Hanukkah Is Here! How To Spend Your 8 Crazy Nights In NOLA

If you want to celebrate any or all of this holiday’s eight wonderful nights, there are no shortage of options.

by Matt Haines
December 2, 2018

To kind-of-quote Adam Sandler’s famous The Hanukkah Song, “Jean-Baptiste Le Moyne de Bienville…not a Jew.”


But the first Jewish man arrived at our slice of Heaven on the Mississippi when Dutchman Isaac Monstanto came to our shores in 1757. Unfortunately, the Sun King — King Louis XIV — had passed the Code Noir in 1685. It was best known for providing a legal framework for slavery, though it also outlawed Jews from living in the French colonies.  

Many Jewish merchants were able to skirt the eviction, but it wasn’t comfortable times. Then then the Spanish took control of the city in 1769. Now maybe the small, but growing, population of Jewish New Orleanians were safe? Nope. The Spanish also tried to exile the Jews and — this time — even Monsanto and his family had to flee to Florida (perhaps beginning a centuries-old tradition of Jews moving to Florida in their twilight).

As New Orleans shifted from the hands of one colonial power to another, the Monsantos and other families were able to return. In 1801, Judah Touro arrived in the city and generated a fortune as a merchant and businessman. His philanthropic efforts are why Touro Synagogue and Touro Infirmary both bear his name.

The city’s Jewish population swelled through the 19th century as Eastern European Jews settled on and around Central City’s Dryades Street.  As their population grew, so did their status in the city. Krewe of Rex paraded for the first time in 1872 and their first King was Jewish!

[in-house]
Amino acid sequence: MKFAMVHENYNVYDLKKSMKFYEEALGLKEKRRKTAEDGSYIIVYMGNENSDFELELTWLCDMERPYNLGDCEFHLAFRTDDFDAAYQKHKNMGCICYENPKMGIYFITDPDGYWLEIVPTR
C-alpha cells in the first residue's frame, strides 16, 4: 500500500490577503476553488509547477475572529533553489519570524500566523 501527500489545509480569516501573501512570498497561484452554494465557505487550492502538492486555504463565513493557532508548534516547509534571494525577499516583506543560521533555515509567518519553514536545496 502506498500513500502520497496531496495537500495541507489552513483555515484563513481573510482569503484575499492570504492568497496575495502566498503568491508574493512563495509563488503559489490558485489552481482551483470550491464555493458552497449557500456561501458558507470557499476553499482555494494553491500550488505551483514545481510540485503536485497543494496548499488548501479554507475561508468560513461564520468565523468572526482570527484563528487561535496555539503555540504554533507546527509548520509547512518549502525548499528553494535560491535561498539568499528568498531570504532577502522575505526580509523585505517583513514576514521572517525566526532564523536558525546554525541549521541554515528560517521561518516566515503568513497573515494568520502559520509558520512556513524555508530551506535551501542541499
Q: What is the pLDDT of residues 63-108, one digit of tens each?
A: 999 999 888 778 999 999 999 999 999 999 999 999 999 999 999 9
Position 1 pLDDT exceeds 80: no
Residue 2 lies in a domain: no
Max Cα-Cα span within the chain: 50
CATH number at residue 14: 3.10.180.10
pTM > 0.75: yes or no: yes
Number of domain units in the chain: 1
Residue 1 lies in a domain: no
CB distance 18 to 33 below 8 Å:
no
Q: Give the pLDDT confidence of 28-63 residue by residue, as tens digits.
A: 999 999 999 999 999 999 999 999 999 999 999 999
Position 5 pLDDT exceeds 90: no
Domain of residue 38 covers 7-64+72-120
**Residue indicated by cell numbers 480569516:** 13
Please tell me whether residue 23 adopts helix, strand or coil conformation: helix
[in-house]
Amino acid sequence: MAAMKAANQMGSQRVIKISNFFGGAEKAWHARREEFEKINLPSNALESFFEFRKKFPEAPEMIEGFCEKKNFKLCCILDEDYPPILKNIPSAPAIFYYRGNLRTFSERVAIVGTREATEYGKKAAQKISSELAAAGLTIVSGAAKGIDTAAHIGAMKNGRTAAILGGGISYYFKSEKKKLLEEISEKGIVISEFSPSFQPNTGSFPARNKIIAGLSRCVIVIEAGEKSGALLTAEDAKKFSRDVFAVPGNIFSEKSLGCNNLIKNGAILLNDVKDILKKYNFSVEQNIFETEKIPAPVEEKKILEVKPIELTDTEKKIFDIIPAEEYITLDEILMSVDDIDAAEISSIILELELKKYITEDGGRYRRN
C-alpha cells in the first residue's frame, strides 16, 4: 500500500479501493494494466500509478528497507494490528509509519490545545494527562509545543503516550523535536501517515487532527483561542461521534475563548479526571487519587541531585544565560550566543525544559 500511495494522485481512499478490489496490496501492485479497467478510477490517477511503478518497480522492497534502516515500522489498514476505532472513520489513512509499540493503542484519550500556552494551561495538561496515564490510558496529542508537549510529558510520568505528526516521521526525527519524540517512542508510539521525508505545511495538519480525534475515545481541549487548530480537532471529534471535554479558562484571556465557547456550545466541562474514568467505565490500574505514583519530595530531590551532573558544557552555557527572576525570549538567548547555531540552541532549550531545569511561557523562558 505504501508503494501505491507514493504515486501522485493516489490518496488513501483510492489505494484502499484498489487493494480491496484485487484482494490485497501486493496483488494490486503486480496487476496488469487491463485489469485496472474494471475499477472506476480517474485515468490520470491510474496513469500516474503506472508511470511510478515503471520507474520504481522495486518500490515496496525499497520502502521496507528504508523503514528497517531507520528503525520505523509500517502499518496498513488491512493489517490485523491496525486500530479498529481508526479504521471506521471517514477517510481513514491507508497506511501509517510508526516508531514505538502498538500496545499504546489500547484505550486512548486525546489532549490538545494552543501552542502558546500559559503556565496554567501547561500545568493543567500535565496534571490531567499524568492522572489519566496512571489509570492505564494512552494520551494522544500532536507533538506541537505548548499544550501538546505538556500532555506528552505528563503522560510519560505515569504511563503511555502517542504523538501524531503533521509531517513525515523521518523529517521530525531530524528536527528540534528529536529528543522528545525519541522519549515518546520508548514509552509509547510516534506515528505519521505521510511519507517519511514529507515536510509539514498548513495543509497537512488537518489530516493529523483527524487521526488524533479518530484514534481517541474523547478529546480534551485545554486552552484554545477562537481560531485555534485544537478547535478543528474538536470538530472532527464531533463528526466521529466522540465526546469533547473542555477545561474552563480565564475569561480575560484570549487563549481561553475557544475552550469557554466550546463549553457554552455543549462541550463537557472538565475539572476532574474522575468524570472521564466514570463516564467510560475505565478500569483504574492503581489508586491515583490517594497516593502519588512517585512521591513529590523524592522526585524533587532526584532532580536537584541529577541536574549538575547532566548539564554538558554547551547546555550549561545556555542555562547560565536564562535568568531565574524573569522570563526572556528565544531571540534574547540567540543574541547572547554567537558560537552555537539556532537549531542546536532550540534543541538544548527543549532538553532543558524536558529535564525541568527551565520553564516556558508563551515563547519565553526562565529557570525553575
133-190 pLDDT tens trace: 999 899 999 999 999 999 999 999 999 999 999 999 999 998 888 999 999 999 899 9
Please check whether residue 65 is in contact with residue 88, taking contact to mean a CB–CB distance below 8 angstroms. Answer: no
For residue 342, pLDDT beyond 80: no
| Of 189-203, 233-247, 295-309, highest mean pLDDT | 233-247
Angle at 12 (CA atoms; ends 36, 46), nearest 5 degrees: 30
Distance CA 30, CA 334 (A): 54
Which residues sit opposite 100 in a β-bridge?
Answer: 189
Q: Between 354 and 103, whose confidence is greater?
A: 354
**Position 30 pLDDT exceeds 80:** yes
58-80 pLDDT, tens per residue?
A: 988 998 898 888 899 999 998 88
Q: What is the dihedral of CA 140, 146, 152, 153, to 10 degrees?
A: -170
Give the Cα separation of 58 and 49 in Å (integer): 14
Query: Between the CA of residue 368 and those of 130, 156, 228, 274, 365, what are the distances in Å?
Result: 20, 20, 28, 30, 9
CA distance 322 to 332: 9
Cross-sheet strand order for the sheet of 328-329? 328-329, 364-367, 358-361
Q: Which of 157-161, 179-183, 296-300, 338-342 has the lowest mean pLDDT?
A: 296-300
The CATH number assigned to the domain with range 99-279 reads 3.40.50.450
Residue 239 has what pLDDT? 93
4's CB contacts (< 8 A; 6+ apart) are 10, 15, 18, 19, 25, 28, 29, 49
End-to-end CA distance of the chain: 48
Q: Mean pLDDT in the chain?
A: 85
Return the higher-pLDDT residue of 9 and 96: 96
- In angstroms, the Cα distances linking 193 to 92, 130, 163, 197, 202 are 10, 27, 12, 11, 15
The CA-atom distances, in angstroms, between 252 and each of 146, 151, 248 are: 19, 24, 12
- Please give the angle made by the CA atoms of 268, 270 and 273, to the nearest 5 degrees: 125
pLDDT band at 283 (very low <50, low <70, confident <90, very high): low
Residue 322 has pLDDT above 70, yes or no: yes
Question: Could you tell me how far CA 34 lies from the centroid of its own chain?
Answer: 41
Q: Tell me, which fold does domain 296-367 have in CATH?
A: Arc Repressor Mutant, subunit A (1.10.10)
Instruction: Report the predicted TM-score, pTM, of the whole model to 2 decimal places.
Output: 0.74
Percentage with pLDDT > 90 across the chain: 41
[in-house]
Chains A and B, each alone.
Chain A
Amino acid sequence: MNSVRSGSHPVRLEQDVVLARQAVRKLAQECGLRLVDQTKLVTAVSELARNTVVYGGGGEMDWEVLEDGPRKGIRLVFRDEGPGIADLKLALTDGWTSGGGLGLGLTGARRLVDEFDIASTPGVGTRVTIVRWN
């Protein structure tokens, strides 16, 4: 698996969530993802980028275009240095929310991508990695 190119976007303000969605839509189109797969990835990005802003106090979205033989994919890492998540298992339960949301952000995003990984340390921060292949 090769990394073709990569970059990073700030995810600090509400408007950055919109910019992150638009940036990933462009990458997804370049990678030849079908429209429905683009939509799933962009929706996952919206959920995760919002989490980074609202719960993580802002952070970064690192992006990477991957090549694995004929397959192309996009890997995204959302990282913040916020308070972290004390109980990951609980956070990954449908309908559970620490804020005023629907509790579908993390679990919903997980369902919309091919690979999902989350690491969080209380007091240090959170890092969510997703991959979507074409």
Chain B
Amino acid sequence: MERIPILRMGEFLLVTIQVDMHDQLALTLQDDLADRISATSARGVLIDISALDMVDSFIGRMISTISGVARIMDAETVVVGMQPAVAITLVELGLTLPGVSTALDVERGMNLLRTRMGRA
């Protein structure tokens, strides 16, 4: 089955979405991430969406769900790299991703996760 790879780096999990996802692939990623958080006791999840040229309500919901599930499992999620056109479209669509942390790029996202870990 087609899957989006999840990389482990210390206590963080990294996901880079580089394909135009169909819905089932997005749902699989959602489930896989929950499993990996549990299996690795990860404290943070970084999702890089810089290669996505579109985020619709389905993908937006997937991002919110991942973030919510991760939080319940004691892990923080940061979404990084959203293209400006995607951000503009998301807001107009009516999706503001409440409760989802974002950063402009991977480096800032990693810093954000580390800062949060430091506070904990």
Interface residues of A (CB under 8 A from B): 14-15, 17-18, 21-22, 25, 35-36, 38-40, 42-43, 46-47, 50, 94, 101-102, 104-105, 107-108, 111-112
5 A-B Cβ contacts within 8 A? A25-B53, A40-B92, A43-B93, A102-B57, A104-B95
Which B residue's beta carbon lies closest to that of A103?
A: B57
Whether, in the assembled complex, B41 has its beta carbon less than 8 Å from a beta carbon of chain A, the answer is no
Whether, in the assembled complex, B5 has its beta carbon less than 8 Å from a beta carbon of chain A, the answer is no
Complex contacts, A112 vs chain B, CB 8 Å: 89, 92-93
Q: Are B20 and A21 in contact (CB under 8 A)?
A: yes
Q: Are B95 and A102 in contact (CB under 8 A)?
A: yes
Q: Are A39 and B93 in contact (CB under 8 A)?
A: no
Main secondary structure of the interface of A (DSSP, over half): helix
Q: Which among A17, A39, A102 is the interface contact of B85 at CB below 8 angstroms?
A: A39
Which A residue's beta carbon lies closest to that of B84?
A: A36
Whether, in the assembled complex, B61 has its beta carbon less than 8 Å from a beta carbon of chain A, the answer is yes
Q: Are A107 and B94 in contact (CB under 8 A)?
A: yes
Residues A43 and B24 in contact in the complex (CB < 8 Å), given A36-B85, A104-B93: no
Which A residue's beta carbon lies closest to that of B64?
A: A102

And the hits kept on coming! Many former and current department stores were owned and operated by Jews. In the 20th century, German Jewish immigrant, Isidore Newman, founded one of the most esteemed schools in the region.  And Isaac Delgado, a Jewish Jamaican immigrant to the city established the New Orleans Museum of Art and Delgado Community College!

The city’s Jewish population is now 12,000 proud and organizations like JNOLA and the Jewish Community Center hold events that connect New Orleanians all year long.

Hannukkah-time is no different, and — whether you’re “a member of the tribe,” or not — if you want to celebrate any or all of this holiday’s eight wonderful nights, there are no shortage of options.

Here are some of our favorites!

Chanukah at the Riverwalk

For some family fun, swing on down to the Riverwalk’s Spanish Plaza for a public menorah lighting and celebration!  The event kicks off the holiday tonight, Sunday, December 2, from 4:30 p.m. until 6:30 p.m., and the lighting is at 5 p.m.  There’ll also be Kosher food, Jewish music and plenty of children’s programming and entertainment!

Spanish Plaza
Getting there
2 Canal St, New Orleans, LA 70130, USA
Hours
Mon-Sun Open 24 hours

Latkes with a Twist